My blog is about helping other quilters learn to use great tools in their quilting through what I can teach and through finding other bloggers who have good information. In addition, I am a mother and grandmother. Other hobbies include any other stitchery which makes me happy at the moment. I worked in clinical research for most of my career. I am now retired and enjoying every minute.
This morning I took EQ8 for a spin after seeing some cute quilt blocks on Pinterest. These are all universal quilt blocks so my mission was to see if I could use the AccuQuilt Qube to make these. As it turns out, a 9″ finished block is just perfect to be able to use the 6″ Qube. I used both the Mix & Match and the Companion Qubes. I could have made a lot more, but had fun doing these. The Adobe pdf file is shown below so that you can download instructions for four of the blocks. If you are a member of the Facebook group – AccuQuilt Qube Quilts – you will find the EQ8 file there.
A favorite block size is 8 inches. However, the chain connector block seems to work better as a 9 patch block and that is not easily divisible as an 8 inch block. I was watching a Lori Holt video (I love her quilts even though I’ve never made one of them) and she was making an 8″ chain connector block. And of course, I set out to make that block with my AccuQuilt dies. These are the measurements for that block.
As always, I have a stack of star blocks that will work perfectly with some chain connector blocks. These are floating stars – all scrappy – made with a custom die that I had made by Custom Shape Pros through the AccuQuilt website.
This is how I made the connectors.
For each block:
# to Cut
Size to cut
2″ strip cutter
2″ x 8-1/2″ dark strips 2″ x 8-1/2″ light strips
2-1/2″ strip cutter
2-1/2″ x 3-1/2″ light rectangles
2-1/2″ strip cutter
2-1/2″ dark square
Sew the light and dark strips together, press to the dark strip, and then subcut with the 2″ strip cutter into pairs to make the corner four patch units.
And this is the mockup from EQ8 of the connector blocks and the floating stars.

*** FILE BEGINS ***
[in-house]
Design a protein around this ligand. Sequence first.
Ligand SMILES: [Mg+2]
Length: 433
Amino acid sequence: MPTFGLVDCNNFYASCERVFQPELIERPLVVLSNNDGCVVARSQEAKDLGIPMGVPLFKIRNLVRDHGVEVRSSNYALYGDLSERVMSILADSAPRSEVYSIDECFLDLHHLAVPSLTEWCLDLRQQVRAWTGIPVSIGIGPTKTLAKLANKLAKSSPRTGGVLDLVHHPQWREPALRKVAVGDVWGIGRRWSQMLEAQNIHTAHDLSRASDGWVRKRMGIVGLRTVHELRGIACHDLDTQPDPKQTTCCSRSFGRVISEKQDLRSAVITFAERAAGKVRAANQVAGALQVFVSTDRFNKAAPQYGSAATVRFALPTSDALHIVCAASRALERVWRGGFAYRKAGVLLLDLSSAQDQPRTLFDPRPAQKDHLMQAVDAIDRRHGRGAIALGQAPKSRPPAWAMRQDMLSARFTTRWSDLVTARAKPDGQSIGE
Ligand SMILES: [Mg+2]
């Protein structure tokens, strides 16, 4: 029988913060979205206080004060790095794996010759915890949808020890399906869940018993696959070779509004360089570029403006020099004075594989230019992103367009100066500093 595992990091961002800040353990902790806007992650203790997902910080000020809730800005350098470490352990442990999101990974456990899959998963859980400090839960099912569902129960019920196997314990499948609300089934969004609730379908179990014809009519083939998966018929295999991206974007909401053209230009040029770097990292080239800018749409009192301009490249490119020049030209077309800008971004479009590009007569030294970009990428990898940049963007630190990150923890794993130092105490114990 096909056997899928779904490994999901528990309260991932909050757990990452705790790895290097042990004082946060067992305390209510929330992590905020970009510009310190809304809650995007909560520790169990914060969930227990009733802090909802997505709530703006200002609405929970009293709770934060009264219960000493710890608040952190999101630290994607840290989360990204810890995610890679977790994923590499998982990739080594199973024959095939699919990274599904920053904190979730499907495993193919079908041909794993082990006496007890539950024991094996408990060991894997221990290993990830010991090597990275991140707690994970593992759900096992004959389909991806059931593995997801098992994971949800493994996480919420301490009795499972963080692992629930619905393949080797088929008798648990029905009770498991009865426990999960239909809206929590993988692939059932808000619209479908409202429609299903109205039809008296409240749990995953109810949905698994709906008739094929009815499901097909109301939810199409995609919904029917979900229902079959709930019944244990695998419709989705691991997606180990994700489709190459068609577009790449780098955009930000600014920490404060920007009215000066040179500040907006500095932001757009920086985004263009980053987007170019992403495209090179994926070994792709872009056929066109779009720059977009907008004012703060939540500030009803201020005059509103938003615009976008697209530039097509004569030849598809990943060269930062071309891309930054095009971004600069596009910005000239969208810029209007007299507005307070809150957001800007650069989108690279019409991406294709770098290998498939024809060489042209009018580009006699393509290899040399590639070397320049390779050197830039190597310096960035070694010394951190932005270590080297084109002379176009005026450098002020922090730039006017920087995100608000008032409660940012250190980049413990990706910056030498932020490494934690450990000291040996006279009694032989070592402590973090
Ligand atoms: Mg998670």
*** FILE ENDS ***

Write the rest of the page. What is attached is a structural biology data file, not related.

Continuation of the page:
It has taken awhile to finish this with a few interruptions like a project to be done for AccuQuilt that can’t be seen until next year. But this turned out beautifully. When I cut this one out, I cut two more unicorns, so will try to get those finished. I think a little girl might like a large unicorn pillow to adorn her bed.
On Saturday Stitches on the blue feather quilt studio Facebook page, I posted a project with a plan to use up some orphan star blocks. The setting was going to be nine-patch Irish chain blocks alternating with the stars. This is the picture from Facebook showing the stars, the blue example of the nine-patch, and the beginning four-patches for the nine-patch. Because the star blocks are multicolored, it seemed a neutral fabric for the nine-patch blocks would work best.
The stars and the 9-patch blocks didn’t look good to me, and I decided to go to Plan B. Thus, I used charm squares from Riley Blake Fabrics. They were just slightly larger than the 6″ square on point from the 12″ AccuQuilt GO! Qube so I made 6″ SOP blocks instead of stars. This is the finished center of the quilt. It will need borders to make it a lap size quilt. The charm squares worked well enough and the square on point blocks were so easy to make. Can I finish it by Friday?
What are you working on this week? I’d love to see what you’re doing.
This is the last block in our series. It is the Corner Block and there are so many options. The key is simply to choose a block from your Qube shapes that will coordinate with your Accent Blocks. There isn’t a simple answer to which block will work best. The diagram below will show you some of the possibilities. Click on the diagram or go to the QAL Page.
I saved the EQ8 Custom layout for the Fall 2022 QAL and uploaded the EQ8 file to the “Files” Section of the AccuQuilt Qube Facebook Group. I have hesitated to do that because using Custom Set is a great tool in EQ8, but IMHO isn’t always intuitive and requires experience with the software. My recommendation is that when you open the file, first save the layout to your layout library so that you always keep the original file.
This is how to save a Custom Set to your Layout Library:
Select Libraries in the Main Menu and in the dropdown menu, select Layout Library…
In the Popup Menu, select Current Sketchbook from the Menu on the left. Select the Layout that appears on the right. In the lower left menu, select Copy.
In the Popup Menu, select “My Favorite Layouts“. Select a Style and right click. In the Popup box that appears on the right, type in the name of the style. Click OK.